Monday, January 08, 2007

FDA approves cloned meat

FDA gave preliminary approval for meat from cloned animals on December 28. The AP's Libby Quaid (via Indystar) emphasized the long time line for implementation:
Meat and milk from cloned animals may not appear in supermarkets for years despite being deemed by the government as safe to eat. But don't be surprised if "clone-free" labels appear sooner.
The Center for Food Safety, an advocacy group, raised general safety concerns along with stronger observations about the lack of consumer clamor for this technology:
The assessment and the agency's endorsement of cloned food comes despite widespread concern among scientists and food safety advocates over the safety of such products. The move to market cloned milk and meat also flies in the face of dairy and food industry concern and recent consumer opinion polls showing that most Americans do not want these experimental foods.
Corn Maven at Ethicurean writes:
When I heard the news last week that the FDA approved the use of cloned animals and their offspring as food for the American populace, I almost puked at the thought.

Not as much from the thought of actually eating cloned food, but more so as a guttural reaction to what I feel is happening all too often today regarding our food—and to the beings, non-human and human, who provide it.
Will Saletan, in a Post column, takes the narrower view that food safety is the only issue on which a sensible person could object to cloning, and he finds the food safety concerns unconvincing. Throwing in some ill-chosen insults to make a partisan hash of the real issues that require contemplation, he writes:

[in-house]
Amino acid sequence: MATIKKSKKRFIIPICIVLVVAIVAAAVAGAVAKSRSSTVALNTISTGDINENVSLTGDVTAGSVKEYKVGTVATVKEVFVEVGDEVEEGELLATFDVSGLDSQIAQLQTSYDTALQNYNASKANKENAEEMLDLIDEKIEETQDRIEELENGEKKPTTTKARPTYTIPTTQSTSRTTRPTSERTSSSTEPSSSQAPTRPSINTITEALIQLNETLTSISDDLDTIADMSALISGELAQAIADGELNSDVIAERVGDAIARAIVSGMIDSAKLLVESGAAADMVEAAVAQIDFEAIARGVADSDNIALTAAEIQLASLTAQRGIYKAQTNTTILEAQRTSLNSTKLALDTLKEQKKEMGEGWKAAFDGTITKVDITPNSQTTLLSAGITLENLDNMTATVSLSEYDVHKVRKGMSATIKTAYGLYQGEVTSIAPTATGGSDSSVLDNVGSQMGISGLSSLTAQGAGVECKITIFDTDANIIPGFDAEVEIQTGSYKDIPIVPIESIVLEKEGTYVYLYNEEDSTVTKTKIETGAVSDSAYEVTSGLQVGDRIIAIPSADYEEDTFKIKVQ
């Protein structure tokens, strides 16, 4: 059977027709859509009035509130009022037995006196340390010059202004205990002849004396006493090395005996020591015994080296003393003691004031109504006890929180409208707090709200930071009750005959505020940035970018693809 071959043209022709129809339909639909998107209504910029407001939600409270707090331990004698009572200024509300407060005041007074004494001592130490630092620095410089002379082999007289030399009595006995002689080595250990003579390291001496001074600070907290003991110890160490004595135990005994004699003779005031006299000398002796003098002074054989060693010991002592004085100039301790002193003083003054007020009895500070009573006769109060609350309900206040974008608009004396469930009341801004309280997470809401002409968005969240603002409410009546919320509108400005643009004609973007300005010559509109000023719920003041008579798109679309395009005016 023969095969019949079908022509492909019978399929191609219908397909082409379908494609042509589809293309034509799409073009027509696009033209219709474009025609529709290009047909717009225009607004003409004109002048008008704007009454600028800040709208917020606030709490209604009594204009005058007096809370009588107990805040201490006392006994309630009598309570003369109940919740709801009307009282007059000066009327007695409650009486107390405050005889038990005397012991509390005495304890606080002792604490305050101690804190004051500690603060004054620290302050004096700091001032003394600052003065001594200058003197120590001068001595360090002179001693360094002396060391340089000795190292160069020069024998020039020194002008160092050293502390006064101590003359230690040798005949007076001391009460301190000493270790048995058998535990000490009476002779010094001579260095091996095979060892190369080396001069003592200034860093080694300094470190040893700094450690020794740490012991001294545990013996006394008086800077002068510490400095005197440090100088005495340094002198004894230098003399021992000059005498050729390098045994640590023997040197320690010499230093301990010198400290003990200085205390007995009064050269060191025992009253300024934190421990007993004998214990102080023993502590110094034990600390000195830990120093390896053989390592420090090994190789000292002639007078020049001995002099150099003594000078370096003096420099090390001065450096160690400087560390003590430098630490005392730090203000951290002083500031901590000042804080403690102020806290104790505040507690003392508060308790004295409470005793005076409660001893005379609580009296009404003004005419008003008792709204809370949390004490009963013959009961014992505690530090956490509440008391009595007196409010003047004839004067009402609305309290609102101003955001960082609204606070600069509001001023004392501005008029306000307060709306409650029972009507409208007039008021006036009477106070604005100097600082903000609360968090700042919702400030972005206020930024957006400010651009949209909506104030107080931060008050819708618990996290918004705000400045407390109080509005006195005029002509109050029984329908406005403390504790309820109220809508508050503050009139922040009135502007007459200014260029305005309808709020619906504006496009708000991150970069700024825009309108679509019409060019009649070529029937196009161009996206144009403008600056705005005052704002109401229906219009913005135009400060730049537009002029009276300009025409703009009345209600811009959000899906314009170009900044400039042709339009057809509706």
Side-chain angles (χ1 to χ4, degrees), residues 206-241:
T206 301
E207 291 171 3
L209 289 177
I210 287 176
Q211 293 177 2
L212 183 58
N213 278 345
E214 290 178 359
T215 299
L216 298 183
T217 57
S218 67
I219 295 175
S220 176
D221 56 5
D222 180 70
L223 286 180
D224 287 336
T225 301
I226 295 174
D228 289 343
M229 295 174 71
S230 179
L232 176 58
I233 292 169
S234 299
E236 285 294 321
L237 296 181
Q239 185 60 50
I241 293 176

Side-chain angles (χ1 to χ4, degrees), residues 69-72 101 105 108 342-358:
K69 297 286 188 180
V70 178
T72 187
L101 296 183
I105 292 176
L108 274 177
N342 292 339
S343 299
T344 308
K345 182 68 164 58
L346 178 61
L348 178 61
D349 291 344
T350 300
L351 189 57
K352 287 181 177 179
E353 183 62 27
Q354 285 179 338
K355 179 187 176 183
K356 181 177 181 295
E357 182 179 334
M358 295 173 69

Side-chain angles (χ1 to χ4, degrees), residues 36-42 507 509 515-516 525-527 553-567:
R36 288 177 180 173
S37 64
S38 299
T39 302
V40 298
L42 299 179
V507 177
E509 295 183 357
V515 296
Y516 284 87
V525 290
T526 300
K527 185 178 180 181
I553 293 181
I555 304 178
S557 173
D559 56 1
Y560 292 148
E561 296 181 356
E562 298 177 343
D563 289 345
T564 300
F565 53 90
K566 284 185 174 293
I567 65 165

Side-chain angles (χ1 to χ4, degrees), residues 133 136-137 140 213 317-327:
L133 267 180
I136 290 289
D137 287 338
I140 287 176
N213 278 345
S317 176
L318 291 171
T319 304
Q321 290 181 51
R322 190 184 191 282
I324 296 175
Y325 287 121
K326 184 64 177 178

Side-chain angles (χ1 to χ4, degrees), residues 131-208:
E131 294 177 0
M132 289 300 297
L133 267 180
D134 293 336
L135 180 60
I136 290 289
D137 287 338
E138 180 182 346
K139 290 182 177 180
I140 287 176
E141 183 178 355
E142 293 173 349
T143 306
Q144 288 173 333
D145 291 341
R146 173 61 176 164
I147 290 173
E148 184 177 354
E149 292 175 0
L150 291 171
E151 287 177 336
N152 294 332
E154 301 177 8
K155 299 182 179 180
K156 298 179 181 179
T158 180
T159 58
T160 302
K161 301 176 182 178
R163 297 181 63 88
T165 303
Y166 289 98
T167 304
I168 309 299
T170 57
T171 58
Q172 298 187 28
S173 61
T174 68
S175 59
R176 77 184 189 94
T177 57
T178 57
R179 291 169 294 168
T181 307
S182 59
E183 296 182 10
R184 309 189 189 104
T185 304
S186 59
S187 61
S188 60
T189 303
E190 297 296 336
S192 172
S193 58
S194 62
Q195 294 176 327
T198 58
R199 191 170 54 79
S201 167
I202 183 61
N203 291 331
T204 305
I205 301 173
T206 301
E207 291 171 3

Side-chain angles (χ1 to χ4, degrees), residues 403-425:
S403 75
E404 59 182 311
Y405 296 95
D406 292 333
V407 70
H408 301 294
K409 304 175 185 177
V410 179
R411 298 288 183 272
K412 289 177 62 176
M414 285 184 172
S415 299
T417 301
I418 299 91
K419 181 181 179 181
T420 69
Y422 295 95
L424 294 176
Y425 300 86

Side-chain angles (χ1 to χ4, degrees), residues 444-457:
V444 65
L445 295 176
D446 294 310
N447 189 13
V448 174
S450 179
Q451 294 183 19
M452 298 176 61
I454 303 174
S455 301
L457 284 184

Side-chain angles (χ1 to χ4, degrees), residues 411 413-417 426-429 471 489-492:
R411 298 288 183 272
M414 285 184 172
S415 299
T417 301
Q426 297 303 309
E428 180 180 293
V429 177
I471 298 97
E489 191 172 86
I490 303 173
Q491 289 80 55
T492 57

The left-wingers want the FDA, Congress and President Bush to keep clones off the market. Their case, laid out in a petition to the FDA, is a mess of anecdotes, obsolete data, speculation and ideology. Like right-wingers in the human cloning debate, they expect the government to honor even their "religious" objections.
My objection to last week's federal government decision has less to do with meat safety and more to do with the broader implications of industrial-scale animal cloning. I suspect it shortens the highway to human cloning, which is one of several technologies that I might support only in some future world where humans have collectively matured beyond their current prejudices. In the same vein, I hope my great grandchildren can enjoy the benefits of nuclear energy in a world that has overcome the risk of nuclear violence (see link to news yesterday). For cloning, like wider adoption of nuclear energy, I say: better not this century, and probably not the next.


PODO said...
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Anonymous said...


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